When regular staff refused to undertake duties at Nipah isolation ward in 2018, 42 temporary workers were deployed, with the promise of permanent jobs as a token of gratitude.

Nipah workers call off 16-day strike after Kerala medical college assures permanent jobs
news Nipah virus Sunday, January 20, 2019 - 18:06

It was considered one of the deadly viruses to have affected Kerala - the Nipah virus. But, what many medical staff refused to take up, 42 people undertook with courage - the task of handling patients in the Nipah isolation ward at the height of the outbreak. Although a temporary job, they were promised it would be made permanent. But the promise was not kept. They fought and after 16 days, the 42 temporary hospital staff workers, who had been deployed by the Kozhikode Government Medical College hospital for its Nipah isolation wards, have ended their strike.

The workers called off their strike after Kozhikode Government Medical College authorities accepted the bulk of the Action Council’s demands, in the third round of talks between college authorities and representatives of the Action Council. These 42 temporary workers were deployed after regular staff had refused to undertake duties in the Nipah isolation wards during the peak of the virus scare, between May 19 and May 31, 2018. 

The medical college authorities had promised these temporary staff that they would be employed as permanent staff as a gesture of gratitude and recognition of their selfless work and service during the Nipah outbreak. However, they were terminated from service at the end of 2018, breaking the promise that had been made to them.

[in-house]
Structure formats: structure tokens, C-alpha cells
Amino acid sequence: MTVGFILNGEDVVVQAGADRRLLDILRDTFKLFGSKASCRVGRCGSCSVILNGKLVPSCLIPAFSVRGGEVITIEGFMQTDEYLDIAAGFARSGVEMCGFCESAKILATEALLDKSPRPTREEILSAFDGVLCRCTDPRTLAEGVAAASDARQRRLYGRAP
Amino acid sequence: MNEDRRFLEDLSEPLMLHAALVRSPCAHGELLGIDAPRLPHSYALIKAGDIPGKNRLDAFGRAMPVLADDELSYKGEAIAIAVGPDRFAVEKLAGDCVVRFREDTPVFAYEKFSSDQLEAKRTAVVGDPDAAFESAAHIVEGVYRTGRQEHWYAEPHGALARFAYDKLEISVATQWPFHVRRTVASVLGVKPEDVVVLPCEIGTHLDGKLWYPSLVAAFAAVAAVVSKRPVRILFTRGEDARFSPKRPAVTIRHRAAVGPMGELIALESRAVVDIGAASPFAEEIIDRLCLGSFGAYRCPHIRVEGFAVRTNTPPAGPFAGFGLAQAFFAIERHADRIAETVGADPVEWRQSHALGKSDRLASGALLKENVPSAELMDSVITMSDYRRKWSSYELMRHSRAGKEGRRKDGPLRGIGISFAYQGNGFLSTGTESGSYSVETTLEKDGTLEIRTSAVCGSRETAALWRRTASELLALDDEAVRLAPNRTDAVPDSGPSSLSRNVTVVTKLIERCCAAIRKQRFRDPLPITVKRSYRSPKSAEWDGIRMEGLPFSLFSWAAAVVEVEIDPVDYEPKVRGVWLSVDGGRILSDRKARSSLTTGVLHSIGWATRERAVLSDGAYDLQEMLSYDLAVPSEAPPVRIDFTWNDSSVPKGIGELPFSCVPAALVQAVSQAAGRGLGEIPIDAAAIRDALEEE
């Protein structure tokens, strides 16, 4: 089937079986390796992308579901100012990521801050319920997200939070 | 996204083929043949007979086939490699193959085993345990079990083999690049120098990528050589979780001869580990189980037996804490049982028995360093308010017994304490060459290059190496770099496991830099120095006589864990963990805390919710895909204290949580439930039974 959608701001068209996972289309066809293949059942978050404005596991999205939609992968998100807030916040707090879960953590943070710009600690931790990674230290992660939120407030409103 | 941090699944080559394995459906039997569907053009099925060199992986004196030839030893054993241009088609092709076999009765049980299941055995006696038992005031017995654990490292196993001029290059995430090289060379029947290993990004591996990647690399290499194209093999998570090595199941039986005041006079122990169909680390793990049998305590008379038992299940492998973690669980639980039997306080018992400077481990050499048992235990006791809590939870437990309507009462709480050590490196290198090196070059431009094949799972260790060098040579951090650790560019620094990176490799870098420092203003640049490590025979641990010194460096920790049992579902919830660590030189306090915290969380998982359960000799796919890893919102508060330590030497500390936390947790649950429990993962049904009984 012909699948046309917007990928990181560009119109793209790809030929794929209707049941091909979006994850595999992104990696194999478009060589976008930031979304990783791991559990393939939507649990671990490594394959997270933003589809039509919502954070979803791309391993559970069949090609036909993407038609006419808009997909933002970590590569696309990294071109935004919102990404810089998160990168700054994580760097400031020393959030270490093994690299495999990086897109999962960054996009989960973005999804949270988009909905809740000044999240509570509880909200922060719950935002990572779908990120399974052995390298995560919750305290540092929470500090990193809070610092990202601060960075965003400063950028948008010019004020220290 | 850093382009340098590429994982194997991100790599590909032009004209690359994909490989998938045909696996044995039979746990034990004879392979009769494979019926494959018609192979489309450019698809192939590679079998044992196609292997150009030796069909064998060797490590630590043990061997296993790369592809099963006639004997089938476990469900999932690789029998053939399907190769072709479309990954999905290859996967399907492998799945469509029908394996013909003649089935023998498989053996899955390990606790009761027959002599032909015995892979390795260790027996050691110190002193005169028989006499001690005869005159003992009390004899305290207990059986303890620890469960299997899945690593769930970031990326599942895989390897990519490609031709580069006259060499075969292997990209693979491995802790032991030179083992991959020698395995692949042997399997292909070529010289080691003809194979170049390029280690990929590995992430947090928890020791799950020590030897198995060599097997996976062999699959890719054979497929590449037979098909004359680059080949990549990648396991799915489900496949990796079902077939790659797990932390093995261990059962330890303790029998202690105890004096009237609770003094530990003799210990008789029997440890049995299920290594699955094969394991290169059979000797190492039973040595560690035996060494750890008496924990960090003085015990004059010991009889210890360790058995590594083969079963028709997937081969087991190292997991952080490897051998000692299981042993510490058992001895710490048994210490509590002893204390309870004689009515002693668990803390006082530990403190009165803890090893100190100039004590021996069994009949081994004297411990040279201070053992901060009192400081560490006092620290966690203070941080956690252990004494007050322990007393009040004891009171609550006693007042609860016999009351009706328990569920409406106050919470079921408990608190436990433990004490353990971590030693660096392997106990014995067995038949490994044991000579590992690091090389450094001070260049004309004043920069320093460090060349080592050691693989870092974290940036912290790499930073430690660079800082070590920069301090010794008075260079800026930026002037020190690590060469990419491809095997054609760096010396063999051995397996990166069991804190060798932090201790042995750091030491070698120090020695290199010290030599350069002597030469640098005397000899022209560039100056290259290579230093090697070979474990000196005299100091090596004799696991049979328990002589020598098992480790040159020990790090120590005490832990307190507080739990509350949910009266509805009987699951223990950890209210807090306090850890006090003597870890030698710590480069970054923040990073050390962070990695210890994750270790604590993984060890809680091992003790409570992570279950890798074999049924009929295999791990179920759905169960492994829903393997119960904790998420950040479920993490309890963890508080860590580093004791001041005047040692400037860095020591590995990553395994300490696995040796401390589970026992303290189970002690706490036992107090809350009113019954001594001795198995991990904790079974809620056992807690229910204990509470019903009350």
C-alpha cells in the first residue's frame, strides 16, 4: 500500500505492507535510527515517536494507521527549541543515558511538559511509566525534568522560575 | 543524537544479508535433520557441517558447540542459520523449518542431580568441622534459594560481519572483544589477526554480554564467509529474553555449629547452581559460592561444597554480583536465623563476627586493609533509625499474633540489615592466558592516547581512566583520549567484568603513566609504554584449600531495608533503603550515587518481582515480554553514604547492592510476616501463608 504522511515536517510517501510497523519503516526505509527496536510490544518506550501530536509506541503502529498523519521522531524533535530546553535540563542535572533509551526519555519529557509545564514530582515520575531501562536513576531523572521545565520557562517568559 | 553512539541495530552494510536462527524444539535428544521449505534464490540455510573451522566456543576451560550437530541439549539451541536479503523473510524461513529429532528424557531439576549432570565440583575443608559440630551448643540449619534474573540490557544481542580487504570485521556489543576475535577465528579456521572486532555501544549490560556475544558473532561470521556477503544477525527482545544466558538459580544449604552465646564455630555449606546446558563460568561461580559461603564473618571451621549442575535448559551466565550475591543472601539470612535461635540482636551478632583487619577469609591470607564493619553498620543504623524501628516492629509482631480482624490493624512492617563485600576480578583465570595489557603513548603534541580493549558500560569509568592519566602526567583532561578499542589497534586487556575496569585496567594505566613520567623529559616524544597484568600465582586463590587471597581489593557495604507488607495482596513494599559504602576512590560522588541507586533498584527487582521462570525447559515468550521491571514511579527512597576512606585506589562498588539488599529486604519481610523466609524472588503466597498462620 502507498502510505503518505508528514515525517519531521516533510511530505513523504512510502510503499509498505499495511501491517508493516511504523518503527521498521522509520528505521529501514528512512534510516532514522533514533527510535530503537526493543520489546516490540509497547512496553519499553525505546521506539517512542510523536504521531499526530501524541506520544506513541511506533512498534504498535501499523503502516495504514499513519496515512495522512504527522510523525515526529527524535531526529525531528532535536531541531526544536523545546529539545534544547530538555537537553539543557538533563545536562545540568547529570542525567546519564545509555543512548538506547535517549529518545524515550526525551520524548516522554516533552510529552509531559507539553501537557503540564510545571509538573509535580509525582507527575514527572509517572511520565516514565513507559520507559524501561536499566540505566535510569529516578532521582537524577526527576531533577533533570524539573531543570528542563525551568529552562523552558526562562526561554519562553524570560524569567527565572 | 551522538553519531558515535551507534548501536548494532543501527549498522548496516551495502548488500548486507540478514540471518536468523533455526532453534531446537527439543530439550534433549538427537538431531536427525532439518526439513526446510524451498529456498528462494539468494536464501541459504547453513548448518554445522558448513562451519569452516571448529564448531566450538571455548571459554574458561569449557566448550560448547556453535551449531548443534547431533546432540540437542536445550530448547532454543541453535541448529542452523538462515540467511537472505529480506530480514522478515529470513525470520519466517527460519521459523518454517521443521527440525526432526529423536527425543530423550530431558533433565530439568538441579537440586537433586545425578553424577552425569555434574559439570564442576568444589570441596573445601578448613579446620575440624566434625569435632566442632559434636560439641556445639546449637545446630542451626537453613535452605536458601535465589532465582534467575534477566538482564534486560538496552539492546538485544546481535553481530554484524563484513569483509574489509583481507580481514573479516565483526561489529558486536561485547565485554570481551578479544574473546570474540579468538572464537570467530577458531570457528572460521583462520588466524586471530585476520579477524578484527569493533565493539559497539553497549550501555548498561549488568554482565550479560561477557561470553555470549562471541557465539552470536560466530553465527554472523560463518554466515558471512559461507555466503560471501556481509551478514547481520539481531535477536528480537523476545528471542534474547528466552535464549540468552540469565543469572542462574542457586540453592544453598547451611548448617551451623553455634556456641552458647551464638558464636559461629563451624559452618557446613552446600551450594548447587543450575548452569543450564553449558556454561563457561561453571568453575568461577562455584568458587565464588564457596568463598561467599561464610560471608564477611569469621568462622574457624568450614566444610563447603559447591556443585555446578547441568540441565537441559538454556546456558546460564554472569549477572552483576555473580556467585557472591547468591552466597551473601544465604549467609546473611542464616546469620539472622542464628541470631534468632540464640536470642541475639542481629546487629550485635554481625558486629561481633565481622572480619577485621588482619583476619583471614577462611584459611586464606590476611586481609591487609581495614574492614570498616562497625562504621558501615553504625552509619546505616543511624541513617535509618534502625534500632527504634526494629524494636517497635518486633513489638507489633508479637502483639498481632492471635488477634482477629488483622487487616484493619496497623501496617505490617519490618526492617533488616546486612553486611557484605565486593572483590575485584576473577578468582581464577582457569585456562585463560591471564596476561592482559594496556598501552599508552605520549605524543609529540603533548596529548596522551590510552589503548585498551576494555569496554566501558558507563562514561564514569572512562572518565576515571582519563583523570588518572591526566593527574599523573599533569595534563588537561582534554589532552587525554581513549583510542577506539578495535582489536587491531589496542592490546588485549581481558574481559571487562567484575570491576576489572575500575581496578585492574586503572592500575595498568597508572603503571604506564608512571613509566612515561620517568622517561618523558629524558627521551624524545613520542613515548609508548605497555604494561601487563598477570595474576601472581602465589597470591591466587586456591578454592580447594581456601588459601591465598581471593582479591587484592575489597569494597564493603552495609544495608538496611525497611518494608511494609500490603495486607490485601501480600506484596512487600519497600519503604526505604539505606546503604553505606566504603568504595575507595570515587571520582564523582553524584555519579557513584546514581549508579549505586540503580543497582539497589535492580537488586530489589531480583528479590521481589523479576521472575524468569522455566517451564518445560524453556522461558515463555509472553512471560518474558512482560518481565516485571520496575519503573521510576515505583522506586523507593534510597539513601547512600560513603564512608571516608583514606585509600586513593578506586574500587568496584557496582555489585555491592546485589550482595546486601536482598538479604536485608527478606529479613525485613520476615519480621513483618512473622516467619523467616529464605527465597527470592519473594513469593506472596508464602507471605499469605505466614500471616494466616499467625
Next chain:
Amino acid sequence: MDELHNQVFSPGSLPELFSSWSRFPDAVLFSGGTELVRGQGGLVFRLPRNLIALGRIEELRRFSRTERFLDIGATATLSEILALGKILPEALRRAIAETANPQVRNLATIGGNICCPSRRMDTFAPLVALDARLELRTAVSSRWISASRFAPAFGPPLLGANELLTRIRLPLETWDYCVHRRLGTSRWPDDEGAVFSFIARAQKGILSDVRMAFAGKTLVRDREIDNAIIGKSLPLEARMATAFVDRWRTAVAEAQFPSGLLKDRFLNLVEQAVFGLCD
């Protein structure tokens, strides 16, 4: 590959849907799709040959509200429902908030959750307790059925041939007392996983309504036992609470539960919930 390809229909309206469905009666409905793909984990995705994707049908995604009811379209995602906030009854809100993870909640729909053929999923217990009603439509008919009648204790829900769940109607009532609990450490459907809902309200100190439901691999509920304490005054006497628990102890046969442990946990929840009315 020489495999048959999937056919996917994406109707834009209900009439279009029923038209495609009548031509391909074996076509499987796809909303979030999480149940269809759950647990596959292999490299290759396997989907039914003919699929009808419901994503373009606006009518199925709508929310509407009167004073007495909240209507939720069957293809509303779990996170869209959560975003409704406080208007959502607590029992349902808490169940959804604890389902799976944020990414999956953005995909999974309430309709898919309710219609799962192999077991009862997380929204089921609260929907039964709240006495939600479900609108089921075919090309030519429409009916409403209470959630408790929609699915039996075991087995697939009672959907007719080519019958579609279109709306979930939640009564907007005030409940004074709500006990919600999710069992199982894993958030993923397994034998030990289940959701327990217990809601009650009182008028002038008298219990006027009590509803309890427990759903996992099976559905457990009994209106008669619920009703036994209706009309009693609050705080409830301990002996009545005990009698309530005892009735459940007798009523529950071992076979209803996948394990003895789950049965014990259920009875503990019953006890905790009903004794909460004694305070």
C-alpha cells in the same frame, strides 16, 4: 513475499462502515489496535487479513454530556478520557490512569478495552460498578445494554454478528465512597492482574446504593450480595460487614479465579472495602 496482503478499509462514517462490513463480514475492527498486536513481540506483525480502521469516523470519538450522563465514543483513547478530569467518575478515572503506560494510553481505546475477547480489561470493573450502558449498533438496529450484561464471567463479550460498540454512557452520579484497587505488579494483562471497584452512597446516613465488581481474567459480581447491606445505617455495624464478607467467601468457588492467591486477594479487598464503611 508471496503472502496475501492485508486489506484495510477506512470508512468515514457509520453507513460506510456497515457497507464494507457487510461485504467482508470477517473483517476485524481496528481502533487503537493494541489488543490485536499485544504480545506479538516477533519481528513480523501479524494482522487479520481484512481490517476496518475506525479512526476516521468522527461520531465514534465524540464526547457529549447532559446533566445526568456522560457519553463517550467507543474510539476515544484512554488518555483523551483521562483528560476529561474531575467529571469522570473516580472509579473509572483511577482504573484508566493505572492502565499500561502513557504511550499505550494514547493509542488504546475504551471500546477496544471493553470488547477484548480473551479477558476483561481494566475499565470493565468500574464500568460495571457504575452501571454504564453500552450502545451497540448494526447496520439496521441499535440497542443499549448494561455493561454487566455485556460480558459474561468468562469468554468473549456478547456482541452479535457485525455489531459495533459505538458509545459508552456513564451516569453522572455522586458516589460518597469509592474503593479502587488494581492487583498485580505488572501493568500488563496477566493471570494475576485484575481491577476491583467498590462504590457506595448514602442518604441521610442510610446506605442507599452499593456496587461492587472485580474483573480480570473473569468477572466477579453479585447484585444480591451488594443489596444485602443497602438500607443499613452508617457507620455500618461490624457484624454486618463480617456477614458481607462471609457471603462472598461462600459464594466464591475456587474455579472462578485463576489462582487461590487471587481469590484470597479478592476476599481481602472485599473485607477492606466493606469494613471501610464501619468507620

These workers then went on a strike from January 4. Due to lack of response from the authorities, the staff intensified their strike and went on a hunger strike from January 15. After the authorities finally woke up to the demand, the group called off the strike.   

Mini C, convenor of the Action Council, told TNM, “We decided to call off the strike for now, after the medical college authorities told us that they will give permanent jobs to 24 of the workers who had been working in the period, including four nurses and 18 cleaning staff. The other remaining staff will also be given jobs according to the vacancies in the near future.”

The hired staff have also been assured periodic renewals of their contracts to ensure continued service.

Mini added, “They said they will issue us a certificate, which will help us get these jobs. They said that this will be given to us by Monday. We don’t know for certain how true it will be. If they do not keep their promise, we will resume and intensify our protest.”

 

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